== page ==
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Will we be the keepers of peace?
July 04, 2003
I have had the privilege of visiting the Chetwood Hall at the Indian Military Academy, Dehradun. No, I cannot remember seeing General A A K Niazi's pistol (which has been in the news for all the wrong reasons last week).
What I recall most vividly is seeing the honour boards, bearing the names of all those who graduated from the academy and went on to win honours on the battlefield. Pride of place obviously goes to recipients of the Param Vir Chakra -- India's highest military honour -- who have had their portraits placed in the hall.
You could count these few on the fingers of one hand as I recall -- there must be more now after the Kargil conflict and the operations in Sri Lanka.
Some would argue that any untimely death is wasteful. I would not go that far, but there was one portrait where I remember that thought did cross my mind -- that of Captain Salaria. He did not die defending India, but far away in Congo while on a mission for the United Nations.
I cannot think of any possible reason why an Indian should have died to keep the peace in Africa. In fact, the only time I can remember when sending troops outside India -- outside of war of course -- came when Rajiv Gandhi sent them to rescue the Maldives from an attempted coup.
So, does it make sense to send Indians to Iraq as the United States has requested? Views are divided within India. The nay-sayers insist that the mess was created by the Americans, and so it is up to them to sink or swim in the quagmire. Supporters of the move say that India has vital interests in the region, and must make its presence felt there. But to my mind the most interesting reactions are not those from India, but from abroad? What do Iraq's neighbours feel about the presence of Indian troops? (The most important question, of course, is how Iraqis themselves would react, but I have not visited post-war Iraq and any comment would be unjustified.)
Syria and Iran feel India should keep away from Iraq. In fact, they would prefer that all foreign troops leave the area, including the Americans. Both nations are suspected of being hand-in-glove with terrorist groups by the United States. Washington insists that the Al-Badr group of militants operates from sanctuaries just outside Iraq proper.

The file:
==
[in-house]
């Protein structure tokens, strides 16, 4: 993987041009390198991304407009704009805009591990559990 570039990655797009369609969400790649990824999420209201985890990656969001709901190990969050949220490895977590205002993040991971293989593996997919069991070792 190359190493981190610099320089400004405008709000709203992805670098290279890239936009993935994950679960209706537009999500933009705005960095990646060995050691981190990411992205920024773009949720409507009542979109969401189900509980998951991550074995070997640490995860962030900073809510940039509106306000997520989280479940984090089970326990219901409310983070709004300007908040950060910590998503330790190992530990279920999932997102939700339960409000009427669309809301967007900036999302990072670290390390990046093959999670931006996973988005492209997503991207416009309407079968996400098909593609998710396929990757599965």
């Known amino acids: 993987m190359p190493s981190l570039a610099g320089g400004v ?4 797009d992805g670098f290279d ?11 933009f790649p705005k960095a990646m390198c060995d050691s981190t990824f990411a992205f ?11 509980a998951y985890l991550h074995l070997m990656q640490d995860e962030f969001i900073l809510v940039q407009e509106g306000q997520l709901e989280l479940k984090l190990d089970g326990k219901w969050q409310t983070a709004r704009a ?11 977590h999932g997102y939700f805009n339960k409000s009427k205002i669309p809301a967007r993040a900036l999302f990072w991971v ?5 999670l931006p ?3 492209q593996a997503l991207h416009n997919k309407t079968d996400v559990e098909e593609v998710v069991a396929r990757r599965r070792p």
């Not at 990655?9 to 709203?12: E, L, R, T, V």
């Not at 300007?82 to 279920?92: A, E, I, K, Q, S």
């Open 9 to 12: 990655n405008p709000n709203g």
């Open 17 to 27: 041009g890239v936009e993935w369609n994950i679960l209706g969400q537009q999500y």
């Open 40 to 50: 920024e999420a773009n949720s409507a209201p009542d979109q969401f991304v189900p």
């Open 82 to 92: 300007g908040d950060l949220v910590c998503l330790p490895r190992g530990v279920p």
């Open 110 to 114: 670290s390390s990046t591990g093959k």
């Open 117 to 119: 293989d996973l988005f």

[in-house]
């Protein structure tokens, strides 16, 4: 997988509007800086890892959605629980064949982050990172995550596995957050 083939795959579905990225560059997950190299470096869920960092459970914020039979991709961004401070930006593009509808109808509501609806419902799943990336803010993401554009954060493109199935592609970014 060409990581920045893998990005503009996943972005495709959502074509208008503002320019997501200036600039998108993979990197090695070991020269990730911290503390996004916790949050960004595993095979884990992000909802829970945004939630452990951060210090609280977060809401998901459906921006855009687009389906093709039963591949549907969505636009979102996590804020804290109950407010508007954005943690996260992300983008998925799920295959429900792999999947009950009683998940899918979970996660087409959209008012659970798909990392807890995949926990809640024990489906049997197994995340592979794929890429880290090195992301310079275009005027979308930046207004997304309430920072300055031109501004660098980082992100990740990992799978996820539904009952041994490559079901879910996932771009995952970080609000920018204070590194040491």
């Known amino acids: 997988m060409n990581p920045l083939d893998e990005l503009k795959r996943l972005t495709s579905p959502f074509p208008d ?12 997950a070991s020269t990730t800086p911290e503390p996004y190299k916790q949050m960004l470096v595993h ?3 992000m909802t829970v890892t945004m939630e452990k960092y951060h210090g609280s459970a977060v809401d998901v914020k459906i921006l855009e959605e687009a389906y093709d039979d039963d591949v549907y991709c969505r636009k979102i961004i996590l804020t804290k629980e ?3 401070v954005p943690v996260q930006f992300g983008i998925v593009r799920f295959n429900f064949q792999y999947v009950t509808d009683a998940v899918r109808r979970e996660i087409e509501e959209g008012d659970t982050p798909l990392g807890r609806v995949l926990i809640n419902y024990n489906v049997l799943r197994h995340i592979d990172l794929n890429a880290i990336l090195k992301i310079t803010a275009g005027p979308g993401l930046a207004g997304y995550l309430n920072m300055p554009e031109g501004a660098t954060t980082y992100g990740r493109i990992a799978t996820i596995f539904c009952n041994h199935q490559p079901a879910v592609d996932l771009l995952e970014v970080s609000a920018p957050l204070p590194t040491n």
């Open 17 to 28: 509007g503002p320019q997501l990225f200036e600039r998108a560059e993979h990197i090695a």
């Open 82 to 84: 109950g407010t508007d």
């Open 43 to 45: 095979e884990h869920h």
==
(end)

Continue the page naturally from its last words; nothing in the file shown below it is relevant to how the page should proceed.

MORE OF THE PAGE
It is possible that Indians might find themselves in the middle, a complication that both Damascus and Teheran would prefer to avoid.
Jordan and Kuwait, on the other hand, have hinted that they would welcome Indian peacekeepers in Iraq. The logic goes that their presence is less likely to ignite a conflict than does the appearance of American, British, or Australian units.
Saudi Arabia and Turkey are in the 'undecided' category. The governments of both nations are allied to the United States, but the populations at large are much more anti-American in mood. While the two governments cannot officially oppose a request made publicly by the United States, nor do they want to be seen supporting more foreign troops in Iraq.
The reactions are more mixed as you move away from the immediate neighbourhood of Iraq. The consensus in several countries in the region is that none of Iraq's neighbours should send soldiers into that country -- irrespective of whether they are Iranian, Jordanian, or Turkish. They have privately intimated, however, that they would not mind seeing Indian peacekeepers in Iraq. (Or, for that matter, Pakistani soldiers.)
The mood in Delhi is not particularly enthusiastic when it comes to heeding the American request. Iraq would be a major headache even if the invitation to send troops comes from the United Nations rather than just the United States. The Indian government, if I have read it correctly, would prefer either Arab League soldiers or a multi-national force to hold Iraq together. It definitely does not, however, want American soldiers to stay on indefinitely -- which according to Delhi would simply lead to the creation of more terrorist groups.
But if comes to the crunch, India might be willing to join, say, Morocco, Malaysia, or even Pakistan in a peacekeeping mission -- the sole condition being that there should be a timetable for returning Iraq to an elected government. The sole purpose of these forces -- apart from providing emergency medical and engineering aid -- should be preparing Iraqis for self-government.
Finally, the invitation should come from some body like the Arab League, not just the United States.